This is what Happens to your Body after Vaginal Birth
After 9 months of nurturing and carrying a baby in the womb, your body is going to transform again and heal itself. It’s a process and transformation is going to take a while as the body adjusts itself. Changes to do with breast, cervical floor, vagina, and emotional as well as psychological changes will occur after vaginal birth.
The cervical bones and the cervix of a woman who has given birth are different from those of a woman who has never had a baby. The cervix will assume a “smile” shape as opposed to the circular or O shape of a woman who has never given birth.
Transformation will also meaning reworking of hormones, healing and readjusting of the body to accommodate nurturing of the baby and working of the body.
Here are 6 things that happens after vaginal birth.
Vaginal discharge and Lochia
Lochia is a bloody discharge, a mixture of blood and mucus and can continue for up to 6 weeks. The discharge comes from the uterine wall, where the placenta was attached. The discharge may have blood clots but clears as time goes by.
You can start having sex 4 to 5 weeks after giving birth but due to the change in hormones and breastfeeding your vagina will be a bit dry. Dryness is due to low levels of estrogen therefore it is advised to use a water soluble lubricant in case of intercourse.
Perineum is the area between the vagina and the anus. It stretches and may tear during childbirth and more especially if you had an episiotomy. Episiotomy is a cut made at the perineum to ease child delivery.
You can find relief by having warm baths, or placing cold packs on your perineum. Cold packs are soothing and they also help reducing the swelling on the perineum.
Breast Engorgement and Breast Feeding
Breast engorgement is characterized by enlarged, warm, heavy and sometimes swollen breast. This can happen more so if you miss a feeding and due to increased circulation in the breast.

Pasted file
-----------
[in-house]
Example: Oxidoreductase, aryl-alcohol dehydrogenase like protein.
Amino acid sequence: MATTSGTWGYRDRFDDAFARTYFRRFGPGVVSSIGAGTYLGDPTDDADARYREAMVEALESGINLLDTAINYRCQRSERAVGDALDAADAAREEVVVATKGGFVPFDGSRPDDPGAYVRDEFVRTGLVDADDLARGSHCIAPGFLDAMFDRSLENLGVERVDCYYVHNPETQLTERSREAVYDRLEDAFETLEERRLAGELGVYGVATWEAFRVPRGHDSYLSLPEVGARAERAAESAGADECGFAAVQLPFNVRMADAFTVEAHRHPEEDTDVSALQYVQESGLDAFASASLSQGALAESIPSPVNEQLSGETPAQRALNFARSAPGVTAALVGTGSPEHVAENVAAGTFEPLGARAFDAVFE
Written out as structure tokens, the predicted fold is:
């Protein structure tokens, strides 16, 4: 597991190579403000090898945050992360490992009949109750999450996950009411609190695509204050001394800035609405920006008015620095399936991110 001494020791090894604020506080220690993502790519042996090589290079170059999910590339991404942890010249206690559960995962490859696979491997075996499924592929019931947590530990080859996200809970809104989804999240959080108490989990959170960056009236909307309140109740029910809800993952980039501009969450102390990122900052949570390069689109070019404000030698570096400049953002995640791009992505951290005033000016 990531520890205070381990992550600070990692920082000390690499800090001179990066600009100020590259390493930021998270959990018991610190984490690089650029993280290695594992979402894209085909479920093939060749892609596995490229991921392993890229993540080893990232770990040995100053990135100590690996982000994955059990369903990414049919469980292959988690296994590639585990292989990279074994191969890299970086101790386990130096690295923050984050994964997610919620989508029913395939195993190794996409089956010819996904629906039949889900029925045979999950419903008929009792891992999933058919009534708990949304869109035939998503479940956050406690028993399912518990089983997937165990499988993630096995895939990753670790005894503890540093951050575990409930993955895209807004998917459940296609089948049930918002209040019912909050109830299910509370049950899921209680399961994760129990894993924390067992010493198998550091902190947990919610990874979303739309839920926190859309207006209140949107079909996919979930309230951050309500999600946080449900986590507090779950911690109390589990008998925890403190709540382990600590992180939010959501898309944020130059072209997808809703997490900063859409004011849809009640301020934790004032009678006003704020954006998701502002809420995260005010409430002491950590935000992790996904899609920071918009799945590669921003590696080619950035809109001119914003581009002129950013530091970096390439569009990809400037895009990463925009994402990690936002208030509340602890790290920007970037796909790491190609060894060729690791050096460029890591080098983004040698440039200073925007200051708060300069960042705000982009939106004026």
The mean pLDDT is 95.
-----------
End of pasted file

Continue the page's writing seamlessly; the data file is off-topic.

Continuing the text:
To ease discomfort, wear supportive bras and apply warm compresses. Pumping breast milk or frequent feeding also relieves breast engorgement.
If you are breastfeeding, you might not receive your period until after the weaning is over but bear in mind you could still get pregnant. If you choose to bottle-feed, you may receive your menses between the 6-12 weeks but they will be irregular at first.
As the uterus contracts to its original size, the contractions maybe accompanied by cramping. The after pains feel like menstrual pains and are more common in women who have had more than one pregnancy. The crams prevent bleeding from where the placenta was attached on the uterine wall.
- To ease discomfort and pain:
- Go for a walk
- Place a heating pad on your stomach
- Take a sitz bath. You can use Epsom salt, essential oils, baking soda or anything else provided by your healthcare provider
Your body went through a lot to bring a human being into the world. Be patient, allow it to recuperate , love it and give it all the care it needs.
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